Because of differences amongst the breeders, a union of the registries, under the uniform “rough-coat idea”, never happened. Thus, the Hegewald show, until it’s 9th year, was held under the official roof of the Hegewald Federation, but after the failure of negotiation with the “rough-coat pure-breed association” in 1927, the Hegewald became a complete VDD show and that started the successful history of the VDD Hegewald Breed Shows.

Shortly after its 25th anniversary, the VDD and its breed principles was recognized by the “Deutsche Kartell fuer Hundewesen” (DKH) [German AKC equivalent, j.z.] — undisputedly an important milestone in the development of the organization. To attain this recognition, the VDD fought for years against the resistance from the Pure-Breed-Idea. The recognition of the DKH as parent organization for all breed clubs meant the recognition of the Deutsch-Drahthaar as an independent breed with its own breed standards. This was finally the official breakthrough for the idea of a wire-haired utility canine among German hunting dogs.

Even in the following years of poor economic status (worldwide economic crises), the VDD still attained positive development and a strong position among hunting dog breeds. The number of members grew to 2,000, in over 20 organized groups. Horst Detert referred to the “first meeting of the Breed Wardens” in a 1929 anniversary newsletter 5, and this meeting is said to be the originator of modern Breed Warden conferences.

During the time of fascism, there was much regimentation that affected the VDD mostly organizationally, descriptively, and in leadership. The VDD was required to take the name “Fachschaft DD” (FDD) [representatives of DD] and was integrated in the “Reichsverband fuer das Hundewesen (RDH)” [Empire Association of Canines], which was a member group of the German Shooting Sports Organization. 6 The successful work of the club was not seriously interrupted thanks to excellent work by the executive board. In 1938, of the 561 dogs entered in the German studbook, 270 were Deutsch-Drahthaars and in 1939 there were 3,000 members. Even in year-of-war 1941 more than 2,000 pedigrees were dispersed. 7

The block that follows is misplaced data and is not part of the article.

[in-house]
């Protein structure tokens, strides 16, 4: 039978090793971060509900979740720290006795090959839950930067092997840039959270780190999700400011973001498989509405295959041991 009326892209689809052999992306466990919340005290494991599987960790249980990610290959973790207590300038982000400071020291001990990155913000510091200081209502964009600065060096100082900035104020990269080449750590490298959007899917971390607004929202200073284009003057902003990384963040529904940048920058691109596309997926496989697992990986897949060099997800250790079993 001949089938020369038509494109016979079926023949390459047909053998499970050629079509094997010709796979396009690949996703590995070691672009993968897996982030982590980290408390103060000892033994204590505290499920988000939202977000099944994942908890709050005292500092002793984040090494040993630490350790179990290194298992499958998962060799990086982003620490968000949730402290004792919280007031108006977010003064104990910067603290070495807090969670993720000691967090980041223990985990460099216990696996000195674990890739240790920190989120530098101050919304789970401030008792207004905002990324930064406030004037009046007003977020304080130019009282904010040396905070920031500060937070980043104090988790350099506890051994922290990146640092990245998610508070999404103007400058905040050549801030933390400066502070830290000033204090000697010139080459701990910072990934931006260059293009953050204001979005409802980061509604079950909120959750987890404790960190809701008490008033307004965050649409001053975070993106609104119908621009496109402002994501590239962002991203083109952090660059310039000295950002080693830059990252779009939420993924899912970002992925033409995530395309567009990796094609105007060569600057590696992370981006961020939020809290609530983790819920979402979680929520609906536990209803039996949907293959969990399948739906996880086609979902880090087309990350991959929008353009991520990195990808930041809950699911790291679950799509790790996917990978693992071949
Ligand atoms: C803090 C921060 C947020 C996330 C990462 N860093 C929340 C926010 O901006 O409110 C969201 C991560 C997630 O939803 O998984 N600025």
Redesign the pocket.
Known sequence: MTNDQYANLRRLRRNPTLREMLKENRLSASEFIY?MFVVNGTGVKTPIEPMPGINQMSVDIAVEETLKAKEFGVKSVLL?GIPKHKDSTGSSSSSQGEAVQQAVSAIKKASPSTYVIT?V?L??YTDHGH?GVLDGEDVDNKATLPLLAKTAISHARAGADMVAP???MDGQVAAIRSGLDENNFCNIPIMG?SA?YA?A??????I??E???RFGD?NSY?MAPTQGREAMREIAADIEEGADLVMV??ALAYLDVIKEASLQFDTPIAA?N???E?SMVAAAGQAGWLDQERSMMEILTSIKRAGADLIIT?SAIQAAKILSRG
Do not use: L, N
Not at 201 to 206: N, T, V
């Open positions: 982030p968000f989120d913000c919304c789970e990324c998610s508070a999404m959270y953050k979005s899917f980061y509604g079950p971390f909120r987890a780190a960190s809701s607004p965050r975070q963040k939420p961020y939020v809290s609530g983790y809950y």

Other activities, like the implementation of an annual conference, were very restricted in war years. That is why the Hegewald show and conference fell through in the first year of war, 1939. Also there was no annual conference in 1940, and Hegewald trials were not held during war years.

By war’s end, there were 4,000 members, but the war and its consequences had left huge holes in breeding material and breeding potential. In his article in the 50th anniversary edition newsletter of the VDD 8, Dr. Uter described the precarious situation at war’s end, but simultaneously drafted the ways and means to rebuilding the breed. Soon after the war people all over Germany, even in the previous Western and Eastern zones, were attempting to take up the work with the available breeding material.

After March 1949, under the editor Friedrich Ostermann, DD newsletters were published again after a five-year pause, and after a 10-year break the Hegewald show was held in Hamm, with 83 dogs participating. In 1950, the VDD had slightly over 2,000 members and consisted of groups from Baden, Bavaria, Brandenburg, Bremen, Hamburg, Hessen, Mecklenburg, Middle Rhein, Lower Rhein, Lower Saxony, Upper Frankland, Saxony, Schleswig-Holstein, Thueringen, Westfalia and Wuerttemberg and the small groups Altmark, Artland, Harz and Magdeburg. 9

Unfortunately, the division of VDD into Western and Eastern parts was already present at this time. Initially, the president of the Eastern VDD was on the executive committee and also custodian for eastern members. In 1954 they were given secondary presidential status, or rather, honorary positions. Even until the mid-50’s, the DD newsletters carried dates and deadlines and show results from the Eastern groups, and until 1960 these groups participated at Hegewald.

With the political development of the DDR (East Germany), the contact to VDD was continually restricted, and with the building of “the Wall” in 1961 came the total division of the VDD.

The VDD in the Bundesrepublik Deutschland (BRD)

[Federal Republic of West Germany]